One company with a Cheyenne, Wyoming address, lists Jordan’s campaign manager, Nathanial Kelly, as its president, secretary, treasurer and only director. Kelly is the same guy who recently tried to explain away why the campaign required its staffers to sign non-disclosure agreements. Kelly’s Wyoming firm only became active in August just about the time Kelly has said he was helping the Coeur d’Alene Tribe, with Jordan’s encouragement, to establish a federal super PAC.

A second Wyoming firm that received two $10,000 payments from Jordan since August is registered at the same Sheridan, Wyoming address as the federal PAC. This firm has not filed more complete information, including the names of incorporators, with the state of Wyoming because it isn’t required to do so until a year after it is formally registered. Meanwhile, the campaign insists that none of its resources have gone to helping establish the federal PAC, which Jordan has refused to discuss beyond criticizing the reporting that disclosed its existence.

The Jordan campaign has employed two different digital fundraising firms both located in Washington, D.C. and paid them more than $110,000. One firm started work after Jordan won the May primary. The campaign also reports payments to two separate campaign reporting and compliance firms with one firm joining post-primary. The campaign, which has had two high profile staff shake ups since May declined to provide information on how many different employees it has paid – it appears upwards of a dozen – has also utilized two different payroll services firms, but has also paid staff directly. (The campaign refused my request to provide information on who has been paid and how.) These set ups beg the question: why are two firms doing what appears essentially to be the same job.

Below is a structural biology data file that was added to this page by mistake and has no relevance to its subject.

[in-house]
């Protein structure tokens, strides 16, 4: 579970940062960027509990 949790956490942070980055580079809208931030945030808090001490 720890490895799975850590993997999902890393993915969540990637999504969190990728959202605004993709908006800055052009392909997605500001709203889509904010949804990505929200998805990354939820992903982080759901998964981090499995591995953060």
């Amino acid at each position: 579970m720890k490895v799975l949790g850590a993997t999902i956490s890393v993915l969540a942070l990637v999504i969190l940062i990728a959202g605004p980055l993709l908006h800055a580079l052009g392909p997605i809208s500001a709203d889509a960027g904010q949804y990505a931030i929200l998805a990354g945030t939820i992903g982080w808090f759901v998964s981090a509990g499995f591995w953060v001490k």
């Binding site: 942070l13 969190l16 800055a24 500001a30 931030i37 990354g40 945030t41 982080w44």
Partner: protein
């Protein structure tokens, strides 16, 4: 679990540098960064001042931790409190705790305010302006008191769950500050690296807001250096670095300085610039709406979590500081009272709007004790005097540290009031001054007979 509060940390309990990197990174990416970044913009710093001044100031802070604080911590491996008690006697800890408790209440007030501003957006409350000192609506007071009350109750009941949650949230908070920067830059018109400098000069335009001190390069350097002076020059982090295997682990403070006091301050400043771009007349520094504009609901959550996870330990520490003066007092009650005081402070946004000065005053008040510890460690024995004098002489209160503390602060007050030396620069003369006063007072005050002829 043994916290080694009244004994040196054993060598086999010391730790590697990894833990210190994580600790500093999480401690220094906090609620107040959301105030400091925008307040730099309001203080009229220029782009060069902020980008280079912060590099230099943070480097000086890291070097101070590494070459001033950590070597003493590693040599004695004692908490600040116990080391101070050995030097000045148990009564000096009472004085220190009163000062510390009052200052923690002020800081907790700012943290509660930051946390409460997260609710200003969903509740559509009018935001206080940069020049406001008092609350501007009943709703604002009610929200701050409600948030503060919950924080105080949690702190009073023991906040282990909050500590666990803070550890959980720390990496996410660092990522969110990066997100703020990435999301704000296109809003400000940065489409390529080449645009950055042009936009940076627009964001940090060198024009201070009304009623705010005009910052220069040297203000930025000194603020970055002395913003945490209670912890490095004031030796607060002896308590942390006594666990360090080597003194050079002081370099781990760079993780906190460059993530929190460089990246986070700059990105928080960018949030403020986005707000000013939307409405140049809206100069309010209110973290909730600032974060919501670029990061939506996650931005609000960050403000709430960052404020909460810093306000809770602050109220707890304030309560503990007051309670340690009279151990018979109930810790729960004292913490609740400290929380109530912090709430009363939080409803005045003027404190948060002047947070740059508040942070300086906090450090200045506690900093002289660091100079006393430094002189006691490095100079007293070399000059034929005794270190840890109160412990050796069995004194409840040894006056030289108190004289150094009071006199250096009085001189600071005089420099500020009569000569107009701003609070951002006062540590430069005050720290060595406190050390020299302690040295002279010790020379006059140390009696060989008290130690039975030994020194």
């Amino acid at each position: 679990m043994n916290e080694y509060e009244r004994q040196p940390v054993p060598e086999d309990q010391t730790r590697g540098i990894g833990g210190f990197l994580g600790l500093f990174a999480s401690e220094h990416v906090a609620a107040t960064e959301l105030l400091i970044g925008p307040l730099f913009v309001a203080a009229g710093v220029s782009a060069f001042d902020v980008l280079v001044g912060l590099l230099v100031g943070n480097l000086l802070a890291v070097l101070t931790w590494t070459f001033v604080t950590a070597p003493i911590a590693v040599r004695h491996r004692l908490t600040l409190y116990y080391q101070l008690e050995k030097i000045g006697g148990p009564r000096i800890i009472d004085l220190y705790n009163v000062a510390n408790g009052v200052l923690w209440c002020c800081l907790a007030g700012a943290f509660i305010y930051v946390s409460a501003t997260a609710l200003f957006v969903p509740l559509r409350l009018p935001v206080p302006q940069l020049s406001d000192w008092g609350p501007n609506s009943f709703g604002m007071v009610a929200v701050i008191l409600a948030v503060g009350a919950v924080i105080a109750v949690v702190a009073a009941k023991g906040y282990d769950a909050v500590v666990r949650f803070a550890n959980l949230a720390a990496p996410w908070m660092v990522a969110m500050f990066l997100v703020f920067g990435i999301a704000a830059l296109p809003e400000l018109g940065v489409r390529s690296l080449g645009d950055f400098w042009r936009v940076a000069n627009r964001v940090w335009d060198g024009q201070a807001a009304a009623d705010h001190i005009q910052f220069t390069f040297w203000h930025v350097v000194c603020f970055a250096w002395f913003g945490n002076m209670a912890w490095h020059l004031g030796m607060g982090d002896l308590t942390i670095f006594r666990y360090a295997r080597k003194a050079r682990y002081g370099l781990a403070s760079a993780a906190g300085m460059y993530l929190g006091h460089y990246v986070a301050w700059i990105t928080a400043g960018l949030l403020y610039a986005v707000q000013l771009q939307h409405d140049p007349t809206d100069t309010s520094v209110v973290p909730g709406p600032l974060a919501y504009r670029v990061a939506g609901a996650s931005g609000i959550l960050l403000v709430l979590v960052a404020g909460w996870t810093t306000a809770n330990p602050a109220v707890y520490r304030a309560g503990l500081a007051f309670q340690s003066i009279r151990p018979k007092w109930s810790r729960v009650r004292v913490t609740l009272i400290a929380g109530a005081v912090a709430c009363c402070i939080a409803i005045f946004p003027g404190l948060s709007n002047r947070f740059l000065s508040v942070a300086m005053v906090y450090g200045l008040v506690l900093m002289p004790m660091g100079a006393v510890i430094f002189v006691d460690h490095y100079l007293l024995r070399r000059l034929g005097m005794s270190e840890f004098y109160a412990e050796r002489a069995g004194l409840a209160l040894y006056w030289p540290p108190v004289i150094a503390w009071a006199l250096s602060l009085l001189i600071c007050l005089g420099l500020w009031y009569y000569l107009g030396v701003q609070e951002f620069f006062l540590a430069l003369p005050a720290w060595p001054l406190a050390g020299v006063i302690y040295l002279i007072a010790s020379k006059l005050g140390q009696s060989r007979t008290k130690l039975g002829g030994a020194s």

The campaign also reported a $1,000 “contribution” to a California entity that lists the same Novato, California address as one of the reporting and compliance firms. When I asked who received the contribution I was told the money went to “an elected official who is consulting for the campaign as well.” A spokeswoman at the Idaho Secretary of State’s office says failure to disclose the recipient of a contribution from an Idaho campaign committee is a violation of Idaho law. That obviously is a problem for Jordan’s campaign, but her small dollar donors might also be justified in asking why would an Idaho campaign scraping for every dollar make any contribution to a candidate in California?

Campaigns, we all know, cost money. Personnel, technology, advertising and travel require money, the kind of money Jordan has been raising. But the real question for the candidate – and her thousands of small donors – is why so little of the more than one million dollars she has raised has been spent in a way that might actually reach, inform and motivate Idaho voters?

The campaign has talked about the importance of transparency and accountability in state government, but that clearly doesn’t extend to her campaign. Jordan’s latest campaign finance report is a black box of questions, contradictions and head scratching inconsistencies. It all begs another question: where has all the money gone and why?